Some banks trying to maintain that revenue. A brochure at Wachovia Corp., the Shore's biggest bank, says, "We want you to be aware of this change so that you are not caught in a situation where you do not have an alternative form of payment to complete your purchase."

Others are re-evaluating their fees. Bank of America customers can open a checking account for $25. The bank charges $8.95 a month, unless customers sign up for direct deposit or maintain an average daily balance of $1,500.

"We certainly are looking at all of our products," T.J. Crawford, a company spokesman, said. "Those products are creating a value to our customers and we want to make sure moving forward, as is the case today, our customers have options on how to pay for those values."

It means, in short, customers who use more products — checking, savings, credit cards, mortgages — face fewer fees. It has left consumer advocates to wonder what will happen to the unbanked.

"It's a huge problem," said Phyllis Salowe-Kaye, executive director of New Jersey Citizen Action, a consumer group. "All you have to do is drive by a check cashing station and you know we have an unbanked or underbanked population in New Jersey."

For that population, the financial system can be costly. New Jersey Assemblywoman L. Grace Spencer, D-Essex, found ATMs in low-income neighborhoods that only offer withdrawals of $20. It means customers needing $60 make three separate transactions and are charged fees for each one.

She co-sponsored a bill that would require ATM operators to allow customers to withdraw at least $200. The bill passed the Assembly in June.

The FDIC's program is designed to make it profitable for banks to do business with low-income residents. Among the features: Customers would mainly bank online and through ATMs, avoiding trips into the branch. And they would not be charged overdraft fees.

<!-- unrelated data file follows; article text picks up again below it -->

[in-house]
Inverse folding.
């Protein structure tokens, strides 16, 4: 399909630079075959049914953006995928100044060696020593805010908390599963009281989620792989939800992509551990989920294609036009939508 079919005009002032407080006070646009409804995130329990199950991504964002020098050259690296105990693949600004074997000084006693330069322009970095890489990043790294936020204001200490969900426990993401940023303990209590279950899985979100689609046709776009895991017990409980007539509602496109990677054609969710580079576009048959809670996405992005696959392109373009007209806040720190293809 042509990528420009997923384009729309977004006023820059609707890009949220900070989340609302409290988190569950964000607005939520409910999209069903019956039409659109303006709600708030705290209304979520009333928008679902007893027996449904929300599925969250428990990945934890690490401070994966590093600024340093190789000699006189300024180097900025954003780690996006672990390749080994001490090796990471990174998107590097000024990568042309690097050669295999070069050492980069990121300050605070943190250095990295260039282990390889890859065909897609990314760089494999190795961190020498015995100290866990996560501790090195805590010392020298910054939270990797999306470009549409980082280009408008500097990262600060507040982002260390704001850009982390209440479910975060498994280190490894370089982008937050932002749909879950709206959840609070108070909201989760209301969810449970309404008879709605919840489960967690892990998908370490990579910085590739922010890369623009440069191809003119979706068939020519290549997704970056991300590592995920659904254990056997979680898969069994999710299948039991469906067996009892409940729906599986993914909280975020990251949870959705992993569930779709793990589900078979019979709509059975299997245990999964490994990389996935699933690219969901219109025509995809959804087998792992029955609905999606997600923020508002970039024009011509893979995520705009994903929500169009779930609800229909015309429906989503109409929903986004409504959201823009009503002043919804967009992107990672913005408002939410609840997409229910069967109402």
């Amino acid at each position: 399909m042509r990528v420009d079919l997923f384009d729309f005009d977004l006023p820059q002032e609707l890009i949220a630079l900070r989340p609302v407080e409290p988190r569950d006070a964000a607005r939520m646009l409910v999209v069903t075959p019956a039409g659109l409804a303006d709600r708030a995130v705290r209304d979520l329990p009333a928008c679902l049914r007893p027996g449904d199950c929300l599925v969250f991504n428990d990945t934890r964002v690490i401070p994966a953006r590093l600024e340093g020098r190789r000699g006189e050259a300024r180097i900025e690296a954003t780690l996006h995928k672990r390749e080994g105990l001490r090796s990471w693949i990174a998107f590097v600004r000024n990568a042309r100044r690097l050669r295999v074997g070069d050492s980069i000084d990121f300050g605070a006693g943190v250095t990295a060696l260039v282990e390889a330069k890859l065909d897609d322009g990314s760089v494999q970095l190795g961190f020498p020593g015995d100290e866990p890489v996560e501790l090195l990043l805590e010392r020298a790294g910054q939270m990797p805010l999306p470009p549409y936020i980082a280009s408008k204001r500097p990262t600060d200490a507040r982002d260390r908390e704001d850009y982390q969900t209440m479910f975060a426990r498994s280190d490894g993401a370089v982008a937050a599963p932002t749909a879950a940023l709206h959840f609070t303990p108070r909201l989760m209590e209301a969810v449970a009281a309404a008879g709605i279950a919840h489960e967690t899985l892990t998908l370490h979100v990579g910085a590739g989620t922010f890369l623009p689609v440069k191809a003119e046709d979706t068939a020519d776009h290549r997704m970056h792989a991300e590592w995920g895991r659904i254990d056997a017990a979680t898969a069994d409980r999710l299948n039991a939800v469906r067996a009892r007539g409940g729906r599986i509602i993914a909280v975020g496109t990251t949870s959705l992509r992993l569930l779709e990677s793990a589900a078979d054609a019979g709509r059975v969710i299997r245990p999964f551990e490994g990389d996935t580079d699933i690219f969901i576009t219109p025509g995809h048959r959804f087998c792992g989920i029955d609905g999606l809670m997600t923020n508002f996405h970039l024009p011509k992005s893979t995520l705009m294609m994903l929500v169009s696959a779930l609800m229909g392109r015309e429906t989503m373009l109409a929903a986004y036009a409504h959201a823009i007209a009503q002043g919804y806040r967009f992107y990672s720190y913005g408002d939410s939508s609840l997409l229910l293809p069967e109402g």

Meantime, others think the unbanked population will only grow, leaving more people visiting check- cashing stores.

Caskey warned that's not necessarily a bad thing. New Jersey prohibits stores from charging more than 2.21 percent to cash a check and 1.5 percent to cash Social Security and disability checks. And there is little evidence that having a bank account helps people save.

"You'll hear it said the poor pay more for their payment services," Caskey said. "Others argue it's harder to save if you don't have a bank account. Those are two popular explanations for why we should push for that.

"The counter argument is, having a bank account can be very expensive if you bounce checks."

All things being equal, Ivonne Robinson, 35, of Asbury Park, said a bank account at least would let her know her money was safe. She closed her account two years ago after she stopped working. Now she uses check-cashing stores.

What if she had enough money to open a checking account?

"If they stop the free checking, I just won't bank there," she said. "I'll do what I've been doing the past two years."